CFATS Security Issues -- Theft and Diversion, Release, Sabotage
So what is the real reason for the CFATS mandate? What are the concerns and what is the Department of Homeland Security (DHS) looking to secure? The specific concerns about chemical production, use and storage fall into three main categories:
- Release of dangerous chemicals
- Theft and diversion of chemicals
- Sabotage or contamination
The release of dangerous chemicals and the threat that poses to the health and safety of the surrounding public is pretty obvious. Toxic, flammable or explosive chemicals can be very dangerous and cause extensive damage to people and property.
Theft and diversion gets a little murkier. Here we are talking about stealing chemicals to create chemical weapons including homemade bombs, explosives, gas bombs and Improvised Explosive Devices (IEDs). Again, stealing is pretty straightforward and that threat affects almost all CFATS facilities.
Diversion is a different story. Chemicals can be stolen at the facility or in route to the facility, but chemicals can be diverted in a number of different ways. According to DHS, diversion is the criminal act of acquiring a product (or service) by means of deception. Deception can include purchasing or paying for chemicals. The crime here is the acquisition of the chemicals even if they are purchased. Diversion includes the following tactics:
Hijacking - An example would be placing an order that puts the goods in motion and then stealing them in route.
Dummy Company - Setting up a fake company and placing an order. Once the order is delivered the company disappears.
Breakout Scheme - Variation on a Dummy Company, but a real company is purchased, usually on credit, and orders are placed through that company. The company operates until the credit runs out.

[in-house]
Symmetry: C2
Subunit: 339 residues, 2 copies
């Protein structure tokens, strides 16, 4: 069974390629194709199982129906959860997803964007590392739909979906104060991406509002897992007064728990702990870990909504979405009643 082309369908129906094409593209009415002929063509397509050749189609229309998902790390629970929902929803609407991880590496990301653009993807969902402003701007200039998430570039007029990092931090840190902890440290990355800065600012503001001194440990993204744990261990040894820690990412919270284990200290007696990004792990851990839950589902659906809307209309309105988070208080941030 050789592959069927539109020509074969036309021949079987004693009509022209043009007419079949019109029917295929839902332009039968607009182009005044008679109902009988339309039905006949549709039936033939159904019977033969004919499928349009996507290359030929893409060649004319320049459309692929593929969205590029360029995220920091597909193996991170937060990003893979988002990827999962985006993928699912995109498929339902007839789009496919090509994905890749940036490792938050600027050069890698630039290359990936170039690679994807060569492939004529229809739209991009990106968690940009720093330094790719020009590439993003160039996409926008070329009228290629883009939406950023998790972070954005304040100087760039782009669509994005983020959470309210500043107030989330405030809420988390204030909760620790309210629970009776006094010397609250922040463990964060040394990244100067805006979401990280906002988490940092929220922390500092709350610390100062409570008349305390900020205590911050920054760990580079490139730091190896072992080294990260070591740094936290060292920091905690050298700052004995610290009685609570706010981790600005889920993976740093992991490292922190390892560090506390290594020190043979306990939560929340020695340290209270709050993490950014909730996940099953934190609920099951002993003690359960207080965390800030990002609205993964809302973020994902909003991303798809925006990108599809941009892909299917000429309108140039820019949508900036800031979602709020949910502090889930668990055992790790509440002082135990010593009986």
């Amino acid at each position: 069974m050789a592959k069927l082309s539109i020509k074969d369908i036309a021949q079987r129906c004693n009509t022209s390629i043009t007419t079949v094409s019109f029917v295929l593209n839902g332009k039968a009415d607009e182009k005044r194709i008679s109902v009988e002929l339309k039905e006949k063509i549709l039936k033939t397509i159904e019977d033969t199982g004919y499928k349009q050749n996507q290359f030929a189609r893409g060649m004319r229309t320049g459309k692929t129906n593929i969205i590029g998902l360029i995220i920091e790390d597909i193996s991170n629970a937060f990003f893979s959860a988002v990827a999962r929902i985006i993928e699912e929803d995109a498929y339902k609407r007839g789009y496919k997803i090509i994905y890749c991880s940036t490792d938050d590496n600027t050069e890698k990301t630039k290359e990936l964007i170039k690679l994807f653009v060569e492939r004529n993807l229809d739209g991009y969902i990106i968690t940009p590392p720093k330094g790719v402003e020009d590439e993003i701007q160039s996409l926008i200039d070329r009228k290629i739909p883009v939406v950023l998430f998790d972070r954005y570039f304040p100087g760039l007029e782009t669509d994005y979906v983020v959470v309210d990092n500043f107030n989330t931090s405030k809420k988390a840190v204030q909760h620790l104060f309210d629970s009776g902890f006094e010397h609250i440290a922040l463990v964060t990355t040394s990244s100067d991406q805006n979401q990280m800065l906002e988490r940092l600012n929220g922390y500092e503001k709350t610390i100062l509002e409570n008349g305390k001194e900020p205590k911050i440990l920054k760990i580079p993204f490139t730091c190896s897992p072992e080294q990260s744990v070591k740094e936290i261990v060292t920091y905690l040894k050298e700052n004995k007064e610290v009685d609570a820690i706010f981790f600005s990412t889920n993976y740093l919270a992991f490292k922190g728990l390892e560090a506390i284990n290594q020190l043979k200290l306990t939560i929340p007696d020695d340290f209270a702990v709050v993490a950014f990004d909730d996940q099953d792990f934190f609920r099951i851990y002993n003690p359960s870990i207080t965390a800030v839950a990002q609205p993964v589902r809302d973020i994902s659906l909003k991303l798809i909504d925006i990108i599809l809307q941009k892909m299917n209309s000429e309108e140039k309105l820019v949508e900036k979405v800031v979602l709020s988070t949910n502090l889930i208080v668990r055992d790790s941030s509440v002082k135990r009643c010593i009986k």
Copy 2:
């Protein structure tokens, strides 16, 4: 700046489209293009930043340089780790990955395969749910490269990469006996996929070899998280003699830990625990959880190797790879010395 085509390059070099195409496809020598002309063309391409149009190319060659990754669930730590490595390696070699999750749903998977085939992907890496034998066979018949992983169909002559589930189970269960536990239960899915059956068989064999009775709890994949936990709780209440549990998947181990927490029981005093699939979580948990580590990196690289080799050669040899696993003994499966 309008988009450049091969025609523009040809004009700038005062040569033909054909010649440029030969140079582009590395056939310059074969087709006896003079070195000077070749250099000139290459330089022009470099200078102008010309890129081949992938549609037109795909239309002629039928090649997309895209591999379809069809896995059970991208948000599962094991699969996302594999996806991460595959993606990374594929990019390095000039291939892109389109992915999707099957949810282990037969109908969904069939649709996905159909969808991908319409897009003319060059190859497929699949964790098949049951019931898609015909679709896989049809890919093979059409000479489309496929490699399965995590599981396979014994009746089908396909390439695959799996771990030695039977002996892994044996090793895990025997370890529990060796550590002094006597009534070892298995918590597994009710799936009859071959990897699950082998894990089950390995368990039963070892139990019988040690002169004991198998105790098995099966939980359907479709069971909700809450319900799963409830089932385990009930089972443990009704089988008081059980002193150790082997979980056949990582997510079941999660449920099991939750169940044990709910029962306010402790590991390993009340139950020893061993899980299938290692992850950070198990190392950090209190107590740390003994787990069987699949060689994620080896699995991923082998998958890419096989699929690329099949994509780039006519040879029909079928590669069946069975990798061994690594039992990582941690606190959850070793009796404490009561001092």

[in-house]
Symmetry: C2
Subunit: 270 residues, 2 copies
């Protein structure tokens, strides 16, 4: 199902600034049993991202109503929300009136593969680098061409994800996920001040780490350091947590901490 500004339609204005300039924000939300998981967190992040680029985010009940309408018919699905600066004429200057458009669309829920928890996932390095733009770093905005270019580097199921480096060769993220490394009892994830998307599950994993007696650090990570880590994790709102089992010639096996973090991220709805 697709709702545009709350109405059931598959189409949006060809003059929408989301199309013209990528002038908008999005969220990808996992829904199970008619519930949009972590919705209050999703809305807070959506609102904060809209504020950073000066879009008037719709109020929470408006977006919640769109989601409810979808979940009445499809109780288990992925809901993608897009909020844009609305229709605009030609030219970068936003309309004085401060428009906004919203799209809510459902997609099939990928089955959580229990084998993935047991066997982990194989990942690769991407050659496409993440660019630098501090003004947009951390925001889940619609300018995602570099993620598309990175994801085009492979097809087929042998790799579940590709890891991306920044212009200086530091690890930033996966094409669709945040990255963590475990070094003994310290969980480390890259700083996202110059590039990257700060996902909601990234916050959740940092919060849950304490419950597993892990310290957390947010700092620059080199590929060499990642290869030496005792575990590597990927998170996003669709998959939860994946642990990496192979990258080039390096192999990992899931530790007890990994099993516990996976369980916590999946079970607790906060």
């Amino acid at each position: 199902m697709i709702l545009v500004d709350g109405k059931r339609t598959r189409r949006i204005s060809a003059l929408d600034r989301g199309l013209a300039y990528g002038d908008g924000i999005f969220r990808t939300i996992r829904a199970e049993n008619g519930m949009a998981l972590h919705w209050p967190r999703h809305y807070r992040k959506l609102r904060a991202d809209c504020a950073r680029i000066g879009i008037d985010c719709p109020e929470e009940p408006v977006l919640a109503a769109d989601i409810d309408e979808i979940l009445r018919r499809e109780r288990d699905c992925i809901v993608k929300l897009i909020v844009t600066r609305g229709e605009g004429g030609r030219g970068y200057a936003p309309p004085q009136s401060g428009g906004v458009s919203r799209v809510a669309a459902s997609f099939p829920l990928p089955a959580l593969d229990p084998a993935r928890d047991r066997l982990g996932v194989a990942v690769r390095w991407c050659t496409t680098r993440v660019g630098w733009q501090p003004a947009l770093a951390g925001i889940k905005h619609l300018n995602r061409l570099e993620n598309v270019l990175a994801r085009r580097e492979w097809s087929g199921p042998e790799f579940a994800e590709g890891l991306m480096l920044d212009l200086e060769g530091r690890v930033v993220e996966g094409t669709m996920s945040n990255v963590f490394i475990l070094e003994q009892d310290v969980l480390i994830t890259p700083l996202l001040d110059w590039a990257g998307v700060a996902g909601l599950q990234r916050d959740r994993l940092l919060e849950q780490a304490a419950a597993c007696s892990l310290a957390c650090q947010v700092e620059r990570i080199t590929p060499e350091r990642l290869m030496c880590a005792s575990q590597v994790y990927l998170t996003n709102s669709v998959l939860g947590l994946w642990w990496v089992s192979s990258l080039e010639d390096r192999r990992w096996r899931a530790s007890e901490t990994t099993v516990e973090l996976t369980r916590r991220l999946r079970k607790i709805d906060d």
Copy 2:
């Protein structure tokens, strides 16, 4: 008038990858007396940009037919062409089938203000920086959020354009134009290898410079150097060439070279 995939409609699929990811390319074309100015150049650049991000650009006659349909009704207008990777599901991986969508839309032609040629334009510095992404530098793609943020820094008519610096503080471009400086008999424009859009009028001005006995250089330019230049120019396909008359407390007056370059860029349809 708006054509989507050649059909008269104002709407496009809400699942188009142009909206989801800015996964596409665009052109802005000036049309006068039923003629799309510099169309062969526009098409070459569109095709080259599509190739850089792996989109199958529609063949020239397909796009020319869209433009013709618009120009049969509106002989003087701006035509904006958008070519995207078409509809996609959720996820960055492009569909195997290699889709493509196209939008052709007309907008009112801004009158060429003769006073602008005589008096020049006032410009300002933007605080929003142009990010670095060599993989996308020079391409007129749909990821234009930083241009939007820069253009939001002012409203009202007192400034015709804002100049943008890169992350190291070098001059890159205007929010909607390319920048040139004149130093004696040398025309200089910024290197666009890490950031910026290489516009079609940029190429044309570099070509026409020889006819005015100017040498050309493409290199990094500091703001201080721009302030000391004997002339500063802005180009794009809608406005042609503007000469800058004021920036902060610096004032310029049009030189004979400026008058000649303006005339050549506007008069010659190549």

Co-opted Customer - An existing customer is co-opted by a terrorist group and is either coerced, infiltrated or bribed into ordering materials.
False Flag - Terrorists place an order as existing customer, but steal the goods once they are delivered or the order is sent to a new false address.
Pretext Purchase - For example, an order is placed by someone pretending to be a professor at a university or college chemistry department.
Cyber Attack on Business Management System - The network or computer system is hacked and a reoccurring delivery is scheduled and hidden.
Sabotage or contamination of materials is another concern driving the CFATS mandate. Chemicals that release toxic gases when exposed to water fall into this category. So businesses have to not only be concerned about someone stealing or taking COIs out of the facility, they must also be very concerned with what is coming into those facilities.
All of these scenarios have to be addressed in the Site Security Plan (SSP) and security measures must be put into place to limit the possibility of these situations happening. It takes a careful review of your facility and its business processes and knowledge of the security options available.
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